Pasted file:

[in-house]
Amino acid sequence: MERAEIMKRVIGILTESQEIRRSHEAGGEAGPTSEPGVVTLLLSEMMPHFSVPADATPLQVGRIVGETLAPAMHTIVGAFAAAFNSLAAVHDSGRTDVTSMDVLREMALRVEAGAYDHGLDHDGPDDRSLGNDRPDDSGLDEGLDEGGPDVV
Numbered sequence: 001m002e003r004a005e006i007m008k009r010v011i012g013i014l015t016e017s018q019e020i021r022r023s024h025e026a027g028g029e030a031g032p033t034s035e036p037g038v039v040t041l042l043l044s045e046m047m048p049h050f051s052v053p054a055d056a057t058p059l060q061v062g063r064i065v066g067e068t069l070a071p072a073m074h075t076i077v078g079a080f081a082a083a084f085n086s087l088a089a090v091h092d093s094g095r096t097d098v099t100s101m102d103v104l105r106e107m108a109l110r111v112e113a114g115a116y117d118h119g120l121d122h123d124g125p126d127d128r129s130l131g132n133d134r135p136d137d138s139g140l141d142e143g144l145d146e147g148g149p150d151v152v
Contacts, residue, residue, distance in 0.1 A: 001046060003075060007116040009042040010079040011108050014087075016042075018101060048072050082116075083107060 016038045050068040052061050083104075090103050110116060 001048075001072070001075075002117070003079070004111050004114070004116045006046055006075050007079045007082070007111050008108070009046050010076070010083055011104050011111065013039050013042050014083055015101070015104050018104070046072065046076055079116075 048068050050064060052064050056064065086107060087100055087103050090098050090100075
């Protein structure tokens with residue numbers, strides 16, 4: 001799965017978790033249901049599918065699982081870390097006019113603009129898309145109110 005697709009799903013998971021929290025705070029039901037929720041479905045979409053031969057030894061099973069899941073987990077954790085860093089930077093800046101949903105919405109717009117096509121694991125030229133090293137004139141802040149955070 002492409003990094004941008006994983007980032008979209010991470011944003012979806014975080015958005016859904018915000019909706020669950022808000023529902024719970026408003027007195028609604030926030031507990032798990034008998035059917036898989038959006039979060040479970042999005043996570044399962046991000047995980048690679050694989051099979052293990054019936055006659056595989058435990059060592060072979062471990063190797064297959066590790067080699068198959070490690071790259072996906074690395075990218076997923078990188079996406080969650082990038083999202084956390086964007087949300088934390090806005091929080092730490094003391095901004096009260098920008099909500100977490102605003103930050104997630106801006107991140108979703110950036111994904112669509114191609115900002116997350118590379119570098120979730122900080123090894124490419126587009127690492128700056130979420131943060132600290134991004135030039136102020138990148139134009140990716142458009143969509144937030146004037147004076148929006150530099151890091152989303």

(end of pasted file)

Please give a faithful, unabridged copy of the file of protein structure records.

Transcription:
[in-house]
Amino acid sequence: MERAEIMKRVIGILTESQEIRRSHEAGGEAGPTSEPGVVTLLLSEMMPHFSVPADATPLQVGRIVGETLAPAMHTIVGAFAAAFNSLAAVHDSGRTDVTSMDVLREMALRVEAGAYDHGLDHDGPDDRSLGNDRPDDSGLDEGLDEGGPDVV
Numbered sequence: 001m002e003r004a005e006i007m008k009r010v011i012g013i014l015t016e017s018q019e020i021r022r023s024h025e026a027g028g029e030a031g032p033t034s035e036p037g038v039v040t041l042l043l044s045e046m047m048p049h050f051s052v053p054a055d056a057t058p059l060q061v062g063r064i065v066g067e068t069l070a071p072a073m074h075t076i077v078g079a080f081a082a083a084f085n086s087l088a089a090v091h092d093s094g095r096t097d098v099t100s101m102d103v104l105r106e107m108a109l110r111v112e113a114g115a116y117d118h119g120l121d122h123d124g125p126d127d128r129s130l131g132n133d134r135p136d137d138s139g140l141d142e143g144l145d146e147g148g149p150d151v152v
Contacts, residue, residue, distance in 0.1 A: 001046060003075060007116040009042040010079040011108050014087075016042075018101060048072050082116075083107060 016038045050068040052061050083104075090103050110116060 001048075001072070001075075002117070003079070004111050004114070004116045006046055006075050007079045007082070007111050008108070009046050010076070010083055011104050011111065013039050013042050014083055015101070015104050018104070046072065046076055079116075 048068050050064060052064050056064065086107060087100055087103050090098050090100075
């Protein structure tokens with residue numbers, strides 16, 4: 001799965017978790033249901049599918065699982081870390097006019113603009129898309145109110 005697709009799903013998971021929290025705070029039901037929720041479905045979409053031969057030894061099973069899941073987990077954790085860093089930077093800046101949903105919405109717009117096509121694991125030229133090293137004139141802040149955070 002492409003990094004941008006994983007980032008979209010991470011944003012979806014975080015958005016859904018915000019909706020669950022808000023529902024719970026408003027007195028609604030926030031507990032798990034008998035059917036898989038959006039979060040479970042999005043996570044399962046991000047995980048690679050694989051099979052293990054019936055006659056595989058435990059060592060072979062471990063190797064297959066590790067080699068198959070490690071790259072996906074690395075990218076997923078990188079996406080969650082990038083999202084956390086964007087949300088934390090806005091929080092730490094003391095901004096009260098920008099909500100977490102605003103930050104997630106801006107991140108979703110950036111994904112669509114191609115900002116997350118590379119570098120979730122900080123090894124490419126587009127690492128700056130979420131943060132600290134991004135030039136102020138990148139134009140990716142458009143969509144937030146004037147004076148929006150530099151890091152989303």